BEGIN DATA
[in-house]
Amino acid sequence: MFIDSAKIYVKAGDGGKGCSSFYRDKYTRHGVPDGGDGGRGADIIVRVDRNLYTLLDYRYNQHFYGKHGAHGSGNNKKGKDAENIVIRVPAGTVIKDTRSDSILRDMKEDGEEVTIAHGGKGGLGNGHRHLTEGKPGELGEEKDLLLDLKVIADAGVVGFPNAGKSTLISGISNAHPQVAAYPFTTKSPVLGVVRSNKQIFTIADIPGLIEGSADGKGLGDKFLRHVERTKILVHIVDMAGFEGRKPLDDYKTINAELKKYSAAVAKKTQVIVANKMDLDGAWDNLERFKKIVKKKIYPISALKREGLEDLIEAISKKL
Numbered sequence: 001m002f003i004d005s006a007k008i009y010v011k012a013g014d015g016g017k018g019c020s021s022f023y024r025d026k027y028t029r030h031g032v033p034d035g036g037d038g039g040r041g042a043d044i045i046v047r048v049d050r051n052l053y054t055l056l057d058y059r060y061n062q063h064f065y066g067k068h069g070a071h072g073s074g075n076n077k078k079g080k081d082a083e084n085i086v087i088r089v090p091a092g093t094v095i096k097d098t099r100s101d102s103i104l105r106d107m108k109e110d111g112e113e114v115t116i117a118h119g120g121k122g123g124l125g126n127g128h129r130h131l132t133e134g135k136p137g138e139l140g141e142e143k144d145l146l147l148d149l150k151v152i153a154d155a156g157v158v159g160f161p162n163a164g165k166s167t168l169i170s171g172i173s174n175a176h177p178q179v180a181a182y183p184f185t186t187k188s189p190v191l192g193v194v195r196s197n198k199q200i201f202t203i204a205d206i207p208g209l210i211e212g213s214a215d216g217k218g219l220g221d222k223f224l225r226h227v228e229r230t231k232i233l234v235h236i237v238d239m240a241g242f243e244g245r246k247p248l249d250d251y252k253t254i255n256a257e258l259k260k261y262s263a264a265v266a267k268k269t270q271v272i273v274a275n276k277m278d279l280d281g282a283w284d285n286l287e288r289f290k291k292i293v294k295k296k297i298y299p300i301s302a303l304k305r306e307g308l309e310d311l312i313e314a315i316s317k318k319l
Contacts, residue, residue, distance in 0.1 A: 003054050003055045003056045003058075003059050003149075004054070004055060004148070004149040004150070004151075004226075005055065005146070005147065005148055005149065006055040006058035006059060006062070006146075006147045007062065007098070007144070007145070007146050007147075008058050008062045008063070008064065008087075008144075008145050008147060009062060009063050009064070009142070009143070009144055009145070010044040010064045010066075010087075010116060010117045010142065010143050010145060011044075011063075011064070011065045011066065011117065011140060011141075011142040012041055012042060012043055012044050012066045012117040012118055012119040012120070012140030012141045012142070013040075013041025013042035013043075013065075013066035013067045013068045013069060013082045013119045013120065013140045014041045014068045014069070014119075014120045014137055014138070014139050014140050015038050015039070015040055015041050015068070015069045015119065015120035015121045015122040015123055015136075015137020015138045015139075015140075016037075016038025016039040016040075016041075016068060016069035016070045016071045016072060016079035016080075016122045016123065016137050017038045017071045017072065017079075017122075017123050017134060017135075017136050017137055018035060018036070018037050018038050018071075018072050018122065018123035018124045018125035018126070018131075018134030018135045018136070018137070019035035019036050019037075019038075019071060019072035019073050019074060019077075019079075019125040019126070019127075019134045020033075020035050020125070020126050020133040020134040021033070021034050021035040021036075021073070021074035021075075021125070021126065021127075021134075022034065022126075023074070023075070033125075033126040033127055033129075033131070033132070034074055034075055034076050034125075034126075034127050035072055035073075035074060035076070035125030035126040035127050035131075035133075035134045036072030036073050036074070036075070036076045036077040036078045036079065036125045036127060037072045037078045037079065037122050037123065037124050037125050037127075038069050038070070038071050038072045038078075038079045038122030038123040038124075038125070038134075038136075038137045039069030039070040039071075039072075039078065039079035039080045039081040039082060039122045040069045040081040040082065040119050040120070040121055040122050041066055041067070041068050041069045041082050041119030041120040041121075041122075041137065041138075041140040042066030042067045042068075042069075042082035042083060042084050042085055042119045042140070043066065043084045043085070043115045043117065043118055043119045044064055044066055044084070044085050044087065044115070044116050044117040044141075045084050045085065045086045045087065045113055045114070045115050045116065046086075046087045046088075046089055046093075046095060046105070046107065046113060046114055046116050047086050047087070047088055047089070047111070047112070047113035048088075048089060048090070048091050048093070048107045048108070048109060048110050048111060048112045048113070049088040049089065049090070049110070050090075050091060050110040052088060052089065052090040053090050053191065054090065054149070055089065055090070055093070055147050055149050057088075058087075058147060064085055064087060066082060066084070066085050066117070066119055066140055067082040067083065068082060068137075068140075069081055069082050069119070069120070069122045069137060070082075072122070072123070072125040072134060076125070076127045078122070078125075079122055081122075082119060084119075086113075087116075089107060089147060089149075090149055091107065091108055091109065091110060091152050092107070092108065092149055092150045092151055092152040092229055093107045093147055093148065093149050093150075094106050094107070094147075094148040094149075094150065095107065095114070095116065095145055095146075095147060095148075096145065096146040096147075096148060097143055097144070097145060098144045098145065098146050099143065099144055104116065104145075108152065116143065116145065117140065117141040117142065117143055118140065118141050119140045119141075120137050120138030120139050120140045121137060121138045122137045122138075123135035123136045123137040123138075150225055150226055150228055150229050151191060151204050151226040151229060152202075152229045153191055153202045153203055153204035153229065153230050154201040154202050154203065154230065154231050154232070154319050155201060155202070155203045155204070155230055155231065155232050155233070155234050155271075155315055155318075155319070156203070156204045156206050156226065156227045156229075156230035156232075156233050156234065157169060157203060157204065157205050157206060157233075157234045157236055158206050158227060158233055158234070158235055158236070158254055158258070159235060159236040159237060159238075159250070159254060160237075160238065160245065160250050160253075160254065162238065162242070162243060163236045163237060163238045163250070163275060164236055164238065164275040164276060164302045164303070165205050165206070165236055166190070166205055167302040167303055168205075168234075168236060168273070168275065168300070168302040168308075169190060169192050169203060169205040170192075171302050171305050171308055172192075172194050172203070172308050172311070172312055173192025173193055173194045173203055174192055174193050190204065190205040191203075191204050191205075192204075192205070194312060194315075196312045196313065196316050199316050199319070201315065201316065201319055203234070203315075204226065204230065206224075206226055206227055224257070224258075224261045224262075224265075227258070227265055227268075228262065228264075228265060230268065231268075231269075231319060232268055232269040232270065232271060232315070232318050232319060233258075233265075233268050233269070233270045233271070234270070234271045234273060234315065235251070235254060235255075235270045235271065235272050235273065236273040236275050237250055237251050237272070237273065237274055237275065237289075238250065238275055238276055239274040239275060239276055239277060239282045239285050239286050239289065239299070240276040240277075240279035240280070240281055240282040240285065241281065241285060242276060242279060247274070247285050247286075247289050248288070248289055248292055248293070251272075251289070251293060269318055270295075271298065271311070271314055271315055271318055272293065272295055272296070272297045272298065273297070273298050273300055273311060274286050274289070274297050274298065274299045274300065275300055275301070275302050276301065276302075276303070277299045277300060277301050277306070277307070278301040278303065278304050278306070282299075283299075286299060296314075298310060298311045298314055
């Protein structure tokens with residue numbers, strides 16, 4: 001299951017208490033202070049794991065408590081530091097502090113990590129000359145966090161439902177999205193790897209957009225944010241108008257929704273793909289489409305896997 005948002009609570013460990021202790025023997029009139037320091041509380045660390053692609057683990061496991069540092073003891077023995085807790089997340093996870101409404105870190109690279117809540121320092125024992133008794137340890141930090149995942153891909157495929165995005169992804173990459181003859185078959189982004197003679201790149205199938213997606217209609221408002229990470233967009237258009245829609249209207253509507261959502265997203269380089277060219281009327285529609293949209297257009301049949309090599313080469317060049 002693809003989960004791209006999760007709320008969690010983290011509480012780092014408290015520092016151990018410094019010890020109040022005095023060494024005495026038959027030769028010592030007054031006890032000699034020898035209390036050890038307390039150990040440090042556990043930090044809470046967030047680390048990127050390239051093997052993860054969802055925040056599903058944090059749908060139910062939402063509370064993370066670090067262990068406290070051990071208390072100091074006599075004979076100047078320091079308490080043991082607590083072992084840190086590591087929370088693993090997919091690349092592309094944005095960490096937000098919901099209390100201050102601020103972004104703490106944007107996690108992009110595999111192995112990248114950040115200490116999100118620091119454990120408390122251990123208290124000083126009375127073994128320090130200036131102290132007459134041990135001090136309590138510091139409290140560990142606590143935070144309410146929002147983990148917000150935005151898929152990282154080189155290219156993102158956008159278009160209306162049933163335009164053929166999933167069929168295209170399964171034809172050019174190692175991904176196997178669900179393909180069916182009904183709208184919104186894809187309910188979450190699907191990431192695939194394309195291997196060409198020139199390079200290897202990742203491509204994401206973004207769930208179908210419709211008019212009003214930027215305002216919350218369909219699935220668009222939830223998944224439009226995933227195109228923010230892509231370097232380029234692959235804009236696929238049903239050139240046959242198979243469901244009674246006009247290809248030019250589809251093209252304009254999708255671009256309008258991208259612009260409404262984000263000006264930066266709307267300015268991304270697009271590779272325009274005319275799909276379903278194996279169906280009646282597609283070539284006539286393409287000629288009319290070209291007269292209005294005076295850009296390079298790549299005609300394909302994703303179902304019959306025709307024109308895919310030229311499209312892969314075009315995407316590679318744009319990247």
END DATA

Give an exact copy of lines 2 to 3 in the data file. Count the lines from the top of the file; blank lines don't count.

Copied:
Amino acid sequence: MFIDSAKIYVKAGDGGKGCSSFYRDKYTRHGVPDGGDGGRGADIIVRVDRNLYTLLDYRYNQHFYGKHGAHGSGNNKKGKDAENIVIRVPAGTVIKDTRSDSILRDMKEDGEEVTIAHGGKGGLGNGHRHLTEGKPGELGEEKDLLLDLKVIADAGVVGFPNAGKSTLISGISNAHPQVAAYPFTTKSPVLGVVRSNKQIFTIADIPGLIEGSADGKGLGDKFLRHVERTKILVHIVDMAGFEGRKPLDDYKTINAELKKYSAAVAKKTQVIVANKMDLDGAWDNLERFKKIVKKKIYPISALKREGLEDLIEAISKKL
Numbered sequence: 001m002f003i004d005s006a007k008i009y010v011k012a013g014d015g016g017k018g019c020s021s022f023y024r025d026k027y028t029r030h031g032v033p034d035g036g037d038g039g040r041g042a043d044i045i046v047r048v049d050r051n052l053y054t055l056l057d058y059r060y061n062q063h064f065y066g067k068h069g070a071h072g073s074g075n076n077k078k079g080k081d082a083e084n085i086v087i088r089v090p091a092g093t094v095i096k097d098t099r100s101d102s103i104l105r106d107m108k109e110d111g112e113e114v115t116i117a118h119g120g121k122g123g124l125g126n127g128h129r130h131l132t133e134g135k136p137g138e139l140g141e142e143k144d145l146l147l148d149l150k151v152i153a154d155a156g157v158v159g160f161p162n163a164g165k166s167t168l169i170s171g172i173s174n175a176h177p178q179v180a181a182y183p184f185t186t187k188s189p190v191l192g193v194v195r196s197n198k199q200i201f202t203i204a205d206i207p208g209l210i211e212g213s214a215d216g217k218g219l220g221d222k223f224l225r226h227v228e229r230t231k232i233l234v235h236i237v238d239m240a241g242f243e244g245r246k247p248l249d250d251y252k253t254i255n256a257e258l259k260k261y262s263a264a265v266a267k268k269t270q271v272i273v274a275n276k277m278d279l280d281g282a283w284d285n286l287e288r289f290k291k292i293v294k295k296k297i298y299p300i301s302a303l304k305r306e307g308l309e310d311l312i313e314a315i316s317k318k319l